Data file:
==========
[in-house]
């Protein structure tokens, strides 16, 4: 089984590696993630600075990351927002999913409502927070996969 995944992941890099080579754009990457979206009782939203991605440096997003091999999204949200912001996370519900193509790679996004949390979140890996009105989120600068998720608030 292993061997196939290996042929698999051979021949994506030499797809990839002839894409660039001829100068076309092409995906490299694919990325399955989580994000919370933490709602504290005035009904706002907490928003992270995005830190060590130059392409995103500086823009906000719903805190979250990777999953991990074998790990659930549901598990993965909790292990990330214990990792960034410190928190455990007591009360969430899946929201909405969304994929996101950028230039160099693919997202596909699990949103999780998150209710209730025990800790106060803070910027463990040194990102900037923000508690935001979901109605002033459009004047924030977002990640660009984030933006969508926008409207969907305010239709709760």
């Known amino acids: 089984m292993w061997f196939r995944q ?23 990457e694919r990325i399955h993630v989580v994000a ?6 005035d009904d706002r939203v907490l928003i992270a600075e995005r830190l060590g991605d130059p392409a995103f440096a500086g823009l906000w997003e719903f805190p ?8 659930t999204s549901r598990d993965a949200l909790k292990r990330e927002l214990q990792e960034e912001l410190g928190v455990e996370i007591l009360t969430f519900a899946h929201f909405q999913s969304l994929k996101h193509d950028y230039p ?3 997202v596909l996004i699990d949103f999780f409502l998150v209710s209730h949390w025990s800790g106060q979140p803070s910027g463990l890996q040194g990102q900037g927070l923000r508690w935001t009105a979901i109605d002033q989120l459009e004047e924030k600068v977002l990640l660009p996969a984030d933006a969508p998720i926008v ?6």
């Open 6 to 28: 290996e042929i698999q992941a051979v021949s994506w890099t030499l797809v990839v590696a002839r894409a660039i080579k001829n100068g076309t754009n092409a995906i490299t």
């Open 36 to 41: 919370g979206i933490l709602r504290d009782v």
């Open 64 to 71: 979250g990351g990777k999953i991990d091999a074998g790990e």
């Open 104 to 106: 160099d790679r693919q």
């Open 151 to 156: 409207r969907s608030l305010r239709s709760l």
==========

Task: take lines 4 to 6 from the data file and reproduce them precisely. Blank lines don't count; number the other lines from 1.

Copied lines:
């Open 6 to 28: 290996e042929i698999q992941a051979v021949s994506w890099t030499l797809v990839v590696a002839r894409a660039i080579k001829n100068g076309t754009n092409a995906i490299t």
């Open 36 to 41: 919370g979206i933490l709602r504290d009782v």
């Open 64 to 71: 979250g990351g990777k999953i991990d091999a074998g790990e």